The district proposes to change the lunch lines into double lines at Pulaski Street Elementary School, the middle school and high school. Pulaski would also have its dry goods storage room converted into a walk-in freezer and its serving area entrances would be improved.

On March 24, the superintendent will present proposed expenditures for special education, ENL, pupil personnel services, and guidance and other instructional services, as well as revenues and projected tax levy.

The school board will vote to adopt a budget on April 21 and a public hearing will be held May 12 on the adopted budget. The budget vote will take place on May 19.

Investigation of potentially overcrowded houses

Several members of the community raised concerns about what the district is doing to investigate reports of overcrowded housing and students who live outside the district but attend RCSD schools.

Director of the Suffolk County Chapter of New York Civil Liberties Union, Irma Solis, asked the board if they intend to verify the residency of existing students.

“So there is the registration process that takes place for the school district,” said Henriquez. “And when we receive reports that there are questions about residency, yes, it’s normal procedure that we do check.”

Reports can be made in person, over the phone or anonymously through the “Share it” app from Social Sentinel. The app allows users to send anonymous tips through the district’s website. If a report is made, staff is sent to the house to try to verify residency, which may be done through additional paperwork, Henriquez said.

Jen Stepnoski, of Aquebogue, asked what changes the school district is making to investigate reports to verify residency.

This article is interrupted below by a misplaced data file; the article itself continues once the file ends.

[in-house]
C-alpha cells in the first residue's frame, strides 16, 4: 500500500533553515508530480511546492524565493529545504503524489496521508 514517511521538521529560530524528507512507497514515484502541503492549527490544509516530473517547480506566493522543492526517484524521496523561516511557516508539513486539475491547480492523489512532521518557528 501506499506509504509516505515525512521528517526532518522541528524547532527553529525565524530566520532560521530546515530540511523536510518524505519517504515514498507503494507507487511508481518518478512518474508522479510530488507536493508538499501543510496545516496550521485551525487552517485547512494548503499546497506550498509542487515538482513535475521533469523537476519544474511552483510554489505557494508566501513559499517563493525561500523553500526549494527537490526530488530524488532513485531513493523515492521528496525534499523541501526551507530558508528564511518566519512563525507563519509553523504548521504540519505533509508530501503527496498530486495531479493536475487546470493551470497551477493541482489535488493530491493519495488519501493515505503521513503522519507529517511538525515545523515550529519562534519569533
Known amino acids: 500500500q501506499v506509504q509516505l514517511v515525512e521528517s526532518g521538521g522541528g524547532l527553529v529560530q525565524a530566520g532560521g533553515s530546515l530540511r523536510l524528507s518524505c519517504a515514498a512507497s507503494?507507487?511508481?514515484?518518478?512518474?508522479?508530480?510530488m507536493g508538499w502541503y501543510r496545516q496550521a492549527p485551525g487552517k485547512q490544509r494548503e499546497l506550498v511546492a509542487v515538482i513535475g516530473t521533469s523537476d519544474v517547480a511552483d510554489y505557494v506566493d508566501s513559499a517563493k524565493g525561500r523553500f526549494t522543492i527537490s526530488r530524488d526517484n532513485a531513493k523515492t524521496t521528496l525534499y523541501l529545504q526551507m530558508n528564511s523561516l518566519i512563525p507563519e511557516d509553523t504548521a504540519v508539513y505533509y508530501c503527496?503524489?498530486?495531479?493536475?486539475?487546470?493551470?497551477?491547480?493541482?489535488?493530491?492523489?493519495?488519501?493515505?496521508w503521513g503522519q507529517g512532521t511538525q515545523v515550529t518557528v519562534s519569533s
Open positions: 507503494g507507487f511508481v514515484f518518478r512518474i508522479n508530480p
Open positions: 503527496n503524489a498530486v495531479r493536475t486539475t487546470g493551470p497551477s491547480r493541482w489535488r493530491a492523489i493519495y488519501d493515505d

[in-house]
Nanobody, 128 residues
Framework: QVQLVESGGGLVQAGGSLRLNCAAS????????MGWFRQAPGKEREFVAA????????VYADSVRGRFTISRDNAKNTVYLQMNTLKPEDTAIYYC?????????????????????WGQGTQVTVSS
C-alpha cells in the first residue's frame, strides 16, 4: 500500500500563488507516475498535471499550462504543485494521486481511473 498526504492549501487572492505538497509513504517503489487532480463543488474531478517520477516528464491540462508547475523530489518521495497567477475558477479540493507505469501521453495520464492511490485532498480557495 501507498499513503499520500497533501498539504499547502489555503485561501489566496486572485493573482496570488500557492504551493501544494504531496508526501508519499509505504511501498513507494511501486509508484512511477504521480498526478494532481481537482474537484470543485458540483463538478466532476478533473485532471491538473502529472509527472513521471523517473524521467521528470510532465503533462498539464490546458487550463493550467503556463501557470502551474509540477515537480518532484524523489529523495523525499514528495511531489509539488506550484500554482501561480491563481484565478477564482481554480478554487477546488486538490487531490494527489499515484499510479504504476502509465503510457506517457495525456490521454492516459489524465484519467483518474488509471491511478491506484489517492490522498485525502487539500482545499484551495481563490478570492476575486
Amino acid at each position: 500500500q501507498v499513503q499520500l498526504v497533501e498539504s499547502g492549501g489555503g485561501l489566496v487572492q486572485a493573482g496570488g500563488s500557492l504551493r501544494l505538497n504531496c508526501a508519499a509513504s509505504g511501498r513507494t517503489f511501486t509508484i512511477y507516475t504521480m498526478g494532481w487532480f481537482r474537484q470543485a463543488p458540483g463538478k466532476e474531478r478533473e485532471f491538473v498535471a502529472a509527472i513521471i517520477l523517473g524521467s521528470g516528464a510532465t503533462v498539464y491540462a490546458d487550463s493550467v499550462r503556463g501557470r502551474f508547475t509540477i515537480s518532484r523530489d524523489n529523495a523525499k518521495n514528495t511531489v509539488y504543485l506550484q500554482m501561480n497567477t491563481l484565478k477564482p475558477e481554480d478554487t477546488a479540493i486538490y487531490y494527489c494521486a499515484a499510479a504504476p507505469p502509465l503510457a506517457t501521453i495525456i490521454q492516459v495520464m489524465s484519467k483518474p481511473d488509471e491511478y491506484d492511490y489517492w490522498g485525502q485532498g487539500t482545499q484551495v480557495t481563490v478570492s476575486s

Riverhead Town Board created a joint task force with the school district at the Feb. 4 town board meeting. The joint task force aims to address difficulties faced by both the town and school district. The school board members assigned to the joint task force are Susan Koukounas, Laurie Downs and Christopher Dorr.

Outside of the joint task force, the school district plans to assign two neighborhood aides to verify residency, Henriquez said. The aids would work from 7 to 9 a.m. and do in-person inspections of any reports made to the district.

Acceptance of results of bond vote

This is the first board of education meeting held after the failed bond vote last month. The school board accepted the result of the vote on both propositions.

Riverhead Central Faculty Association president Gregory Wallace addressed the subject of the vote.

“Our organization fully respects the will of the voters and the decision rendered by our community,” said Wallace. “As we move forward and develop alternative strategies to deal with our space constraints, the RCFA’s main objective will be to advocate for solutions that will continue to preserve robust curriculum and programs that we have here for the students.”

Acceptance of two retirements

The board accepted the retirements of Pulaski Street Elementary School principal David Densieski and director of pupil personnel services Eileen Manitta. ()

“Well, I have concern that this is the second administrator allowed to leave the district with no consequences,” said former school board president Ann Cotten-DeGrasse. “In this case, a buy-out.”

Along with the resignations, the school board approved an agreement with Riverhead Administrators Association. The incentive increased the payment of up to 222 accrued sick leave days from 50 to 80 percent. Cotten-Degrasse asked how much the retirement incentive would cost the district. According to Schneider, the incentive would cost about $95,000, but the district would save $63,000 in salary next year. The incentive would pay for itself within a year and a half, Schneider said.

The retirements are effective as of June 30.

Videotaping Meetings

The board members proposed having the high school’s broadcasters club videotape school board meetings. The broadcast club would launch in 2021 and could live stream the board meeting through Youtube, said Henriquez.

A test run of live streaming will take place at the next few meetings.

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Julia-Anna Searson
Julia-Anna is a Riverhead native and a recent graduate of Stony Brook University, with a degree in Biology and minor in Anthropology. She currently lives in Cutchogue.